That’s what our sin does. When it rules us, it spreads into the lives of others. It damages them, hurting them, wounding them, cutting them, contaminating them. Something which we thought we could keep to ourselves is suddenly hurting those we love, and it’s hurting them far more than it is us. That truth – the knowledge that what we have done has absolutely broken those whom we would never wish to break in any way – brings an agony to our hearts.

Sin, like mold, can’t be contained to one moldy spot or flake. If it isn’t entirely taken out of the bale, then it will escalate until it wrecks far more havoc then we ever could ever imagine.

David’s sin with Bathsheba cost Uriah his life and Bathsheba her husband. Judas’ greed cost Jesus His life. A drunken driver wrecks the other car coming home from the basketball game, killing the mother and maiming the child. Selfish, materialistic ambitions cause the deaths of hundreds of neglected animals whom people insist on raising but cannot – or will not – feed.

Rather simple, ordinary sins, aren’t they? Lust. Greed. Drunkenness. Selfishness. Materialism. And the results are so extreme. So dire. So….

Deadly.

Maybe our sins won’t cause a physical death for somebody else. But they will cause an emotional death. And it seems to me as if the emotional wound is usually far more painful and takes a longer time to heal than the physical wound.

I’ve been on both ends of the spectrum – the wounder and the wounded. I ashamedly guarantee, the former is the worse position to be in. It’s far easier to forgive someone who has hurt you, then to forgive yourself for hurting another. It’s far easier to forgive a person than it is to watch them suffer day after day, to see the hurt in their eyes every time they look at you, to know they want to cry every time they see a picture of you.

Sin is destructive. Deadly. Contagious. We have to leave it behind – to jump ship. Yes, it’s going to be a painful, probably agonizing process. Yes, it’s going to wound others. But the longer you wait, the greater the sin becomes, and the more powerful an impact it has on those it touches.

The mold spreads from one bale to two…to three…to five…to ten…to twenty….

Did you know that if a haystack starts molding, the heat produced by the molding process can actually start a fire? That’s what happens if we just cling to the sin in our lives. Eventually, it will erupt in flames.

Hell here on Earth.

I do not want that in my life.

(Oh my goodness, I have so much to think about right now…so much to act on. I know that there are moldy flakes in my life that I need to get rid of, tackle and foodstuffs that I need to throw overboard. Before they grow into an entire Sin Ship. Before they consume me. And in so doing, consume those around me.)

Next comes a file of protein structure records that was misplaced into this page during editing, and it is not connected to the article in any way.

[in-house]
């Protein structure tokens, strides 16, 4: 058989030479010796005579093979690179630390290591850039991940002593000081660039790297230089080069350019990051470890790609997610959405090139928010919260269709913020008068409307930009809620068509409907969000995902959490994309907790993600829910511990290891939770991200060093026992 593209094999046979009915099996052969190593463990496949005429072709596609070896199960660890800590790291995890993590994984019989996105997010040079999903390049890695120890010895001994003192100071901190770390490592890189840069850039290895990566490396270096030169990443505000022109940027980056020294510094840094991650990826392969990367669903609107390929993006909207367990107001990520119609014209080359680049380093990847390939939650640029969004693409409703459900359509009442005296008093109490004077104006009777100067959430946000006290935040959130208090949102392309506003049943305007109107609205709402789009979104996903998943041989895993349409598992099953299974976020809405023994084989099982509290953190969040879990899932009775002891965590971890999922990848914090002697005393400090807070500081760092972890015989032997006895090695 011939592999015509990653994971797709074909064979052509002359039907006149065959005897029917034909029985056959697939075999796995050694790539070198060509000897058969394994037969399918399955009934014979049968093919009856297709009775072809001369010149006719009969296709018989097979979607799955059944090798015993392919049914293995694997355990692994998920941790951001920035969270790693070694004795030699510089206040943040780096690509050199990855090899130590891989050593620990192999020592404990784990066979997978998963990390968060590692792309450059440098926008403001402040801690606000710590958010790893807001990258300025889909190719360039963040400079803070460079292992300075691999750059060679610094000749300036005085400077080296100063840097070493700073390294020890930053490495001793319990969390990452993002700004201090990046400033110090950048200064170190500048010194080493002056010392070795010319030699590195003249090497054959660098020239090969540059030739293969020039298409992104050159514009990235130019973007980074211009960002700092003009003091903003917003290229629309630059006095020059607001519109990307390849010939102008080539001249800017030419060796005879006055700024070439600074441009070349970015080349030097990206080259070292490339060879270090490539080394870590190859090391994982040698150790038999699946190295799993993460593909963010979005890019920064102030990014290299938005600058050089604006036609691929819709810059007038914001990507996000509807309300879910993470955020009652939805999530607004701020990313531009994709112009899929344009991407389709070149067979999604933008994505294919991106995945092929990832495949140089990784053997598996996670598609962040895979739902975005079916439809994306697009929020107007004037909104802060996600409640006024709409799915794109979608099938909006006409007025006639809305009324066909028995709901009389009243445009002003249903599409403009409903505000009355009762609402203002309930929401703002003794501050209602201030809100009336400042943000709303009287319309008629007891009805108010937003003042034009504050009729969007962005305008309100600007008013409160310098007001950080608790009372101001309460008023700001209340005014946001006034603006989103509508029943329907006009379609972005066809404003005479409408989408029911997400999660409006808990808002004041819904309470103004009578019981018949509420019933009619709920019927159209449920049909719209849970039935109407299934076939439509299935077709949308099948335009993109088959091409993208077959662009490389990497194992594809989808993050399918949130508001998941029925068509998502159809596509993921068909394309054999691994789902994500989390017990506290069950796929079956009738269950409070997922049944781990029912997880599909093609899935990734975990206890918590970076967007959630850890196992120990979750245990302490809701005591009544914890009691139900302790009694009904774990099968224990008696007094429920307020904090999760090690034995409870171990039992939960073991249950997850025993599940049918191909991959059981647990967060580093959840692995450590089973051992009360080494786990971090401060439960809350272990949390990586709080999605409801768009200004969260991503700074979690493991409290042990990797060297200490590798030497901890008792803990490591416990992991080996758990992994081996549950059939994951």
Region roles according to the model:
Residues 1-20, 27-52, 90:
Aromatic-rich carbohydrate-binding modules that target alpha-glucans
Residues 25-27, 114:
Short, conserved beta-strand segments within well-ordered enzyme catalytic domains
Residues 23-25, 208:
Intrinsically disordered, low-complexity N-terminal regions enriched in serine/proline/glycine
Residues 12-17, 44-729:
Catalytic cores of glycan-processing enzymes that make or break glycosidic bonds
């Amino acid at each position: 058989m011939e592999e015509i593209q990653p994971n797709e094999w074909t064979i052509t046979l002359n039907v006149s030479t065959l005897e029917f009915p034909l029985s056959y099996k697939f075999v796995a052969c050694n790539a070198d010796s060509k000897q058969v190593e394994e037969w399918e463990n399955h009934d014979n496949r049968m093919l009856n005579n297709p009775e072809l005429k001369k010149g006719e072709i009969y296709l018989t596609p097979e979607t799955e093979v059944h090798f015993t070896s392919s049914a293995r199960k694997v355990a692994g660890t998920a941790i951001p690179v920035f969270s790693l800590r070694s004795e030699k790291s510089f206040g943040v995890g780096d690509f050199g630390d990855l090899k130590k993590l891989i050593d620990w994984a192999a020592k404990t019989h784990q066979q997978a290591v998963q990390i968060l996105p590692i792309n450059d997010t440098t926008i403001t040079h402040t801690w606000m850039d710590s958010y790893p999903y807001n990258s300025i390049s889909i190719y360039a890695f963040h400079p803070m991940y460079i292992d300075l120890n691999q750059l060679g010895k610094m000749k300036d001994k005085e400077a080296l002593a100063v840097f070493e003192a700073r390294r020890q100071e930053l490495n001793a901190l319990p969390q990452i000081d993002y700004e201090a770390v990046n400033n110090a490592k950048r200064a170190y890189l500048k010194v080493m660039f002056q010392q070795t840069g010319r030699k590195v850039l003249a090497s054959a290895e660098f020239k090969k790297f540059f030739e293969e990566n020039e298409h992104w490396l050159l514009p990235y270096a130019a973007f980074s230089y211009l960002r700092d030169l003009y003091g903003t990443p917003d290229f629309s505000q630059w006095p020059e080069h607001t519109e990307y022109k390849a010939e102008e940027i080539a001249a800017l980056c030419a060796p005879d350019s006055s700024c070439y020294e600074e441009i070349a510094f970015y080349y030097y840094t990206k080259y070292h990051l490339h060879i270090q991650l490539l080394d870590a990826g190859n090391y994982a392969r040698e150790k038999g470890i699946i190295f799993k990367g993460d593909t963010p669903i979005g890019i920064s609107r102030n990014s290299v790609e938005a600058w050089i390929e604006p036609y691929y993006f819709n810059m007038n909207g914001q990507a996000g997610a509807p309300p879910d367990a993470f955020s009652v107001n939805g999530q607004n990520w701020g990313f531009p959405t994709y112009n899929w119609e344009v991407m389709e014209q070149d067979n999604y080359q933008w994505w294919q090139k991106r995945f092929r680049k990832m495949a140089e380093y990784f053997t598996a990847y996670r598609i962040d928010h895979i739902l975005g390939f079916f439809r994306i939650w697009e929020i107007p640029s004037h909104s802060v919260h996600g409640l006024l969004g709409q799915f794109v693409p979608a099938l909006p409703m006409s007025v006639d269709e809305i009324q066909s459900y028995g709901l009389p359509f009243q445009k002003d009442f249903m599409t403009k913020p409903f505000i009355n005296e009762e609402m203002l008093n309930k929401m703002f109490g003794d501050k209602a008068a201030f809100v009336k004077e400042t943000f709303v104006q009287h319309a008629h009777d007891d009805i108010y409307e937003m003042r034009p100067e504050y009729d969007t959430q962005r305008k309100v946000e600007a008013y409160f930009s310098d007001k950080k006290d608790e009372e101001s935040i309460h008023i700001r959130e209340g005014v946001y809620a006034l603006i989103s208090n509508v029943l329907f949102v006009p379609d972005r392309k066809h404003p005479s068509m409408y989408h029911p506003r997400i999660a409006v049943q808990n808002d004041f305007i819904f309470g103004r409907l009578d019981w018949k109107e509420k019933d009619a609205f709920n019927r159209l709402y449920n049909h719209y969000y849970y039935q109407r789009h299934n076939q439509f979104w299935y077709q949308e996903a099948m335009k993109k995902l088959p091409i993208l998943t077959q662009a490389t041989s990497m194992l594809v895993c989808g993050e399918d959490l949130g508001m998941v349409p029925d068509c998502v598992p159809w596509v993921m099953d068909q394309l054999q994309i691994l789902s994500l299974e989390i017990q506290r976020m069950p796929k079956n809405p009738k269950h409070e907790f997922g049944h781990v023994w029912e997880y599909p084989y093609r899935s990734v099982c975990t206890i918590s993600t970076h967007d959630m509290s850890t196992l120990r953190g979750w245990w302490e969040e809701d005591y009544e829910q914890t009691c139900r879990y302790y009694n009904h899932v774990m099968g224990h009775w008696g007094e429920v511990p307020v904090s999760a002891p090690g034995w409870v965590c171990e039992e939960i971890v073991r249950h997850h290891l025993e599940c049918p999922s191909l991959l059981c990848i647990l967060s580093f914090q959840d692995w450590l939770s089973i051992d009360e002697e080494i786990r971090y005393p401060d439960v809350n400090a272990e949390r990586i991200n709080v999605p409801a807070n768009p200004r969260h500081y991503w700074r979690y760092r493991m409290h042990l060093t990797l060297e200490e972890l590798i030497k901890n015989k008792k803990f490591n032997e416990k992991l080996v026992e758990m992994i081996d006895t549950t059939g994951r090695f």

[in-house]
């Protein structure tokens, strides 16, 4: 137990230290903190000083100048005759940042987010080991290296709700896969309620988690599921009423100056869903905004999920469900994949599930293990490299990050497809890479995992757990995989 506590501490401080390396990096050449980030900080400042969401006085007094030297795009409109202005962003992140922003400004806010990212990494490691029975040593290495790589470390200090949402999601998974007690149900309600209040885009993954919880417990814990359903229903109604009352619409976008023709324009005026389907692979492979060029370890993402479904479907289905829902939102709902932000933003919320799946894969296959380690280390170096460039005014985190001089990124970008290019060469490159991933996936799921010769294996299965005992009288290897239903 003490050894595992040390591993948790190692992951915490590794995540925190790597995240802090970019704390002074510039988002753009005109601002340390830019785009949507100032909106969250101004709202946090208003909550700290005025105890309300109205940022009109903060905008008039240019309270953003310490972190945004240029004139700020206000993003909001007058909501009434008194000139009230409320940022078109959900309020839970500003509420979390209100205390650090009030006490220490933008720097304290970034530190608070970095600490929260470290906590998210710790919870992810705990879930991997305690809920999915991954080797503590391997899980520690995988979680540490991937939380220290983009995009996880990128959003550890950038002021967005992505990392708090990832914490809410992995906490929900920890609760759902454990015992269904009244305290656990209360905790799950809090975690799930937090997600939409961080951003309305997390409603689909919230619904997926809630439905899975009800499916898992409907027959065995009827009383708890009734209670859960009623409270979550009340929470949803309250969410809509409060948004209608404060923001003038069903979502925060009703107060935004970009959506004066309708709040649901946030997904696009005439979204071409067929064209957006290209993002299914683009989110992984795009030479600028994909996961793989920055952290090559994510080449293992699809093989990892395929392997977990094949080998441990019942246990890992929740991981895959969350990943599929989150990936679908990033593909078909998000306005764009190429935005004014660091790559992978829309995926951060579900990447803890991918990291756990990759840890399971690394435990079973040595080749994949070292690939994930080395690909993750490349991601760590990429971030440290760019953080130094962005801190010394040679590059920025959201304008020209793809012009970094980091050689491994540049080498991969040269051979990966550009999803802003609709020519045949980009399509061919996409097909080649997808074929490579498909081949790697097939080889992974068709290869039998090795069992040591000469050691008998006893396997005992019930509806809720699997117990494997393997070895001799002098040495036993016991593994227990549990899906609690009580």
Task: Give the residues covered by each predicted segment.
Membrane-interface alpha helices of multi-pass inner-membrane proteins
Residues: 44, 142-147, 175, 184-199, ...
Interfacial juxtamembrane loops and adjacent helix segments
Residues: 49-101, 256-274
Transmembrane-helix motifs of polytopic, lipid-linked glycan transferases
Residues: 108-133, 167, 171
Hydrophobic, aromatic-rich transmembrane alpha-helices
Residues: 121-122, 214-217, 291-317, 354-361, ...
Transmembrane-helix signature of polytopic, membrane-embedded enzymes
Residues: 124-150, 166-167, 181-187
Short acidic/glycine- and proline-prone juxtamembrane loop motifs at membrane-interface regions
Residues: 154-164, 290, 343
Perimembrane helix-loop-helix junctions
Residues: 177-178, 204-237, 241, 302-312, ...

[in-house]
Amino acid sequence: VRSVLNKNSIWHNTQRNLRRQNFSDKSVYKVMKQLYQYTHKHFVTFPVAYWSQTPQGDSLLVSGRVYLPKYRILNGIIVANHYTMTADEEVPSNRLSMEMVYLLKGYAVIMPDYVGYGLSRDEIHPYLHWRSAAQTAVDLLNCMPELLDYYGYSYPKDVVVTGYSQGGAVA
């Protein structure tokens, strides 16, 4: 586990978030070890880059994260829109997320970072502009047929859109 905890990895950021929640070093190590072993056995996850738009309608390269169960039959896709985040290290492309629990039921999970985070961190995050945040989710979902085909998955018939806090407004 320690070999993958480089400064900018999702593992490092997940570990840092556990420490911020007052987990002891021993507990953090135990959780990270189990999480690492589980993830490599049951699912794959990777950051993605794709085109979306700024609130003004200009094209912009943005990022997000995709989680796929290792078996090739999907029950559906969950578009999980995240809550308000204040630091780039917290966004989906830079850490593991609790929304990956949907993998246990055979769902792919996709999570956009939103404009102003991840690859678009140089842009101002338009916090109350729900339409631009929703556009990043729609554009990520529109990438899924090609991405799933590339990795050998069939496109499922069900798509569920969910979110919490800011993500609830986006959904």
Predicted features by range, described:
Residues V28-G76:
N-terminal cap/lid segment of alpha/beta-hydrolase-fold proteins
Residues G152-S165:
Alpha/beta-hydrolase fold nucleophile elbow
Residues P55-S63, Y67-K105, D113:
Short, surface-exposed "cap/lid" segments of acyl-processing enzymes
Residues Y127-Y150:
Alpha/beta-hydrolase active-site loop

But there is hope. Oh my goodness, there is HOPE!

Do you see the joy is in this serious discussion? In the story in Acts 27? It is the fact that “all” were saved! Look at it – just look at it in verse 44. They all abandoned ship – they jumped into that frightening Sea of Consequence and struggled to the land. Humanly, they were alone, every man for himself. But God was with them all the while – watching them, guiding them, holding them up. He brought them to dry land. He rescued them from sin. He gave hope when all hope was lost.

And He will do the same for each of us, if we are willing to finally jump ship once and for all.

Letting go of sin isn’t an impossible endeavor. On the contrary, throwing myself into the arms of a faithful, merciful God is the most possible thing imaginable.

So let go. Abandon ship. Face the tempest. Leave the unsteady rolling of the ship behind and set your feet once more on solid ground.

Good-bye, Sin Ship. Hello, Hope.

Acts 27 “The Sin Ship”: Part 3 of 4

Acts 27: 39-44

So this is what happens when we hit the end of our ropes, when we’ve ridden the ship of sin as long as we can and suddenly we can go no further. When it’s time to let go for good. There’s no easy landing, no easy dismount. We have to be humbled. We have to be shipwrecked. Sin isn’t something we can just sneak out of, no matter how hard we try. On the contrary – we must face the consequences of our sin.

Sometimes we wonder if we will ever survive that shipwreck. The sin that we have lived in for so long is being battered to pieces, being exposed for the frailty it is. The strongest sin is no match for God’s power. And as our sins are basically being torn out from under our feet, we too are being exposed – mere flesh and blood, helpless, weak. No more crutches, no more facades.

If we want to live, we have no choice but to abandon ship. Otherwise, we will be destroyed with the vessel. But in order to abandon ship, we must “jump overboard.”

Can you imagine how terrifying that must have been for the sailors and prisoners, especially those who couldn’t swim, to leap out of the safety of what they had known – however rickety and wrong it was – into the storm of God’s wrath and the just consequences for sinful decisions?

In the story in Acts, it sounds as if the ordeal was an every-man-for-himself situation. Similarly, when we own up to our sin, we often feel as though we are entirely alone and the whole world has turned against us. Those can be some of the most agonizing moments, days, months, or years we will ever face. When in that sea of consequence, we wonder if we will survive the tempest, if we will ever reach land again. Or will we just be destroyed by the agony that consumes us?

But there is a promise of hope.

The last sentence of this passage says, “And so it was that they all escaped safely to land.” Notice the “all.” Not some, but “all.” Because they were obedient and because they had the courage to leap overboard, God carried them through the storm. Yes, they had to suffer in the sea for a while, but God brought them through it. Just like He will you or I or anyone else who takes the plunge of faith and willingly faces the consequences of one’s sin and then leaves the wreckage of that sin behind.

It’s not going to be easy – those were probably the worst, loneliest, most painful months I have ever endured. Sometimes those sea waves still bombard me. Nevertheless, God has carried me through.

He has set my feet on dry ground once again. He set the ship’s passengers’ feet on dry ground again. He will do the same for anyone else who has the humbled, repentant heart to abandon the Sin Ship.